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Who Are the Kids in Level 4 Foster Care?

What is treatment level foster care? What are the kids like at a higher level of care? There are many myths surrounding Wisconsin kids in treatment foster care. A higher level ensures that children and youth living in a foster home get additional services to aid in growth and healing. It takes a team of case managers, service providers, social workers, and biological family members—all working together to help children in treatment foster care heal and grow.

What are the levels of Wisconsin foster care?

Each level speaks to the needs of a child. Levels 3 and 4 are considered treatment levels. Level 4 foster care is the highest level of care at CCR. Foster parents begin caring for kids at levels 2 and 3 and can help kids at level 4 after gaining experience. It requires both strength and patience for children and youth who have experienced significant trauma. Our trauma-informed team provides foster parents with an enhanced and individualized level of support to help children heal and prepare for the future. We can explain behaviors, diagnoses, and emotions common with kids in treatment level care. However, it may be easier to understand by getting to know two youth recently referred to CCR.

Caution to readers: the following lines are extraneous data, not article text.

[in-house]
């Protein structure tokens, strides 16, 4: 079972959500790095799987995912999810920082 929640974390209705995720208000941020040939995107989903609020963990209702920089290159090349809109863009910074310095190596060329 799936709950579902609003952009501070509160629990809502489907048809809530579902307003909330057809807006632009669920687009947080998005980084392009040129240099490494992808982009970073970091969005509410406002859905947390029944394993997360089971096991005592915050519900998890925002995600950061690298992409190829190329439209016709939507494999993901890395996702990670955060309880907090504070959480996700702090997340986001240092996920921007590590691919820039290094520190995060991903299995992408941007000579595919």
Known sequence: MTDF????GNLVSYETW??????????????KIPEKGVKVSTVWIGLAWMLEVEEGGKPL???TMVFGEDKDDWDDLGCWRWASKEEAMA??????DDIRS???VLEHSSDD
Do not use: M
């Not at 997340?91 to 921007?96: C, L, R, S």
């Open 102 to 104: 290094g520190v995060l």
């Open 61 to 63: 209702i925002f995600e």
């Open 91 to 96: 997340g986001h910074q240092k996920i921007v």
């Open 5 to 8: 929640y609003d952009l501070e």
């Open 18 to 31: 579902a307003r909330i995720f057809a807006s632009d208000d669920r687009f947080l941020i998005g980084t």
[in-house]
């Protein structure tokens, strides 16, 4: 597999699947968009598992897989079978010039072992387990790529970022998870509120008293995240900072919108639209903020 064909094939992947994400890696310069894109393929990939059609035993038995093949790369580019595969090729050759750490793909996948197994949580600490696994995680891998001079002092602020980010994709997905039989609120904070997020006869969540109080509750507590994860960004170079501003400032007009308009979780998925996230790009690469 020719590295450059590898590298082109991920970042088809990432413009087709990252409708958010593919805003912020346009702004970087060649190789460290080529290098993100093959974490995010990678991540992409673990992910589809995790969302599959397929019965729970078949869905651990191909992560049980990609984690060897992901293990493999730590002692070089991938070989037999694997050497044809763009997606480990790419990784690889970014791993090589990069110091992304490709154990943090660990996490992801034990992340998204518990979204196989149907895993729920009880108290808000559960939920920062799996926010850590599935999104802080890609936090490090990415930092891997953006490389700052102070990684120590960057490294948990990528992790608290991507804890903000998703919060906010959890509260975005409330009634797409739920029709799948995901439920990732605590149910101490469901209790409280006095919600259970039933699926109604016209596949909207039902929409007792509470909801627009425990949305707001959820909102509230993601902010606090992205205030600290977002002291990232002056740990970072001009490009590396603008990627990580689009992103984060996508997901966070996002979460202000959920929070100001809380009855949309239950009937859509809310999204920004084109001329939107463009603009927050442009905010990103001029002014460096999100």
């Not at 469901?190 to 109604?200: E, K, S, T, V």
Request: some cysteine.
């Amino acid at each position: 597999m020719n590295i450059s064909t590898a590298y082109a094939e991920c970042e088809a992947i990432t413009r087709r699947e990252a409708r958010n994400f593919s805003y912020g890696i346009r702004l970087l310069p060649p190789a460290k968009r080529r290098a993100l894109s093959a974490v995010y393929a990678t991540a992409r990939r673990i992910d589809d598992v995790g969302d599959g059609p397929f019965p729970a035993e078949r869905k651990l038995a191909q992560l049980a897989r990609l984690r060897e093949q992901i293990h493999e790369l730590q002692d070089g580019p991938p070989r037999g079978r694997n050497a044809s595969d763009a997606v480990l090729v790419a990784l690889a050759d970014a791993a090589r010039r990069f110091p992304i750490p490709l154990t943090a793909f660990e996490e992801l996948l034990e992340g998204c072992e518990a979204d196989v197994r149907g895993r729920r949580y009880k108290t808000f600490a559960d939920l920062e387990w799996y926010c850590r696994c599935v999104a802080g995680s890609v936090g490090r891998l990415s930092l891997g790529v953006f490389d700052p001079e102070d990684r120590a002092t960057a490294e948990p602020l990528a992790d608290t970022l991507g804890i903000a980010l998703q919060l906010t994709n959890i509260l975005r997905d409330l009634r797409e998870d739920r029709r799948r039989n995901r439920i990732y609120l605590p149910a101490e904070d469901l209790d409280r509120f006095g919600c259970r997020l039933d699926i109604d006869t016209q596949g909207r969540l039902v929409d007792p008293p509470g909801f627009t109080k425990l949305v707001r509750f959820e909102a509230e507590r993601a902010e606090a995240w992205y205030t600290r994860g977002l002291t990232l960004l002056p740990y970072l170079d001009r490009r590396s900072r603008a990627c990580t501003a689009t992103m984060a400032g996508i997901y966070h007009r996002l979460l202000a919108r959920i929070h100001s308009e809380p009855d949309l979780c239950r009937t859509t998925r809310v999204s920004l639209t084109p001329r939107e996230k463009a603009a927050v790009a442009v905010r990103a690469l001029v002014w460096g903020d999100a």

Teen boy in Level 4 foster care.

Gary is very organized and thrives with a structured routine. He is a fun-loving 16-year-old who can be very kind and considerate. Gary can be quiet at times and has difficulty expressing likes and dislikes. He becomes silent and withdrawn when he is not having a good day. He is currently living in a residential facility and is looking forward to transitioning to a home environment with a family.

He has made great strides in developing peer relationships during his time at the residential center. Gary has been diagnosed with ADHD and is prescribed Ritalin to help with symptoms and support his focus. Weekly appointments with a psychiatrist are helpful to Gary and will need to continue when he moves to a foster home.boy with dog at home backyard SBI 301037333

An Individual Education Plan (IEP) is in place for Gary. He has also been diagnosed with Specific Learning Disability and Emotional Behavior Disability. His IEP team agrees that Gary will struggle without consistent, at-home academic support. Gary currently works at a 7th-grade level. The most recent IEP evaluation confirms social, emotional, and behavioral functioning is not consistent with his age and adversely affects Gary's academic progress, social relationships, and classroom adjustment.

Gary requires enhanced instruction not available in a regular education program. The following will require a continued IEP:

  • Reading skills
  • Math
  • Written language
  • Self-regulation
  • Social skills

Gary would do best in a two-parent home with one parent at home full-time. If there are other children in the house, they are recommended to be older than Gary. Biological family interaction is dependent on where Gary is placed.

Level 4 foster care offers support for a teen girl.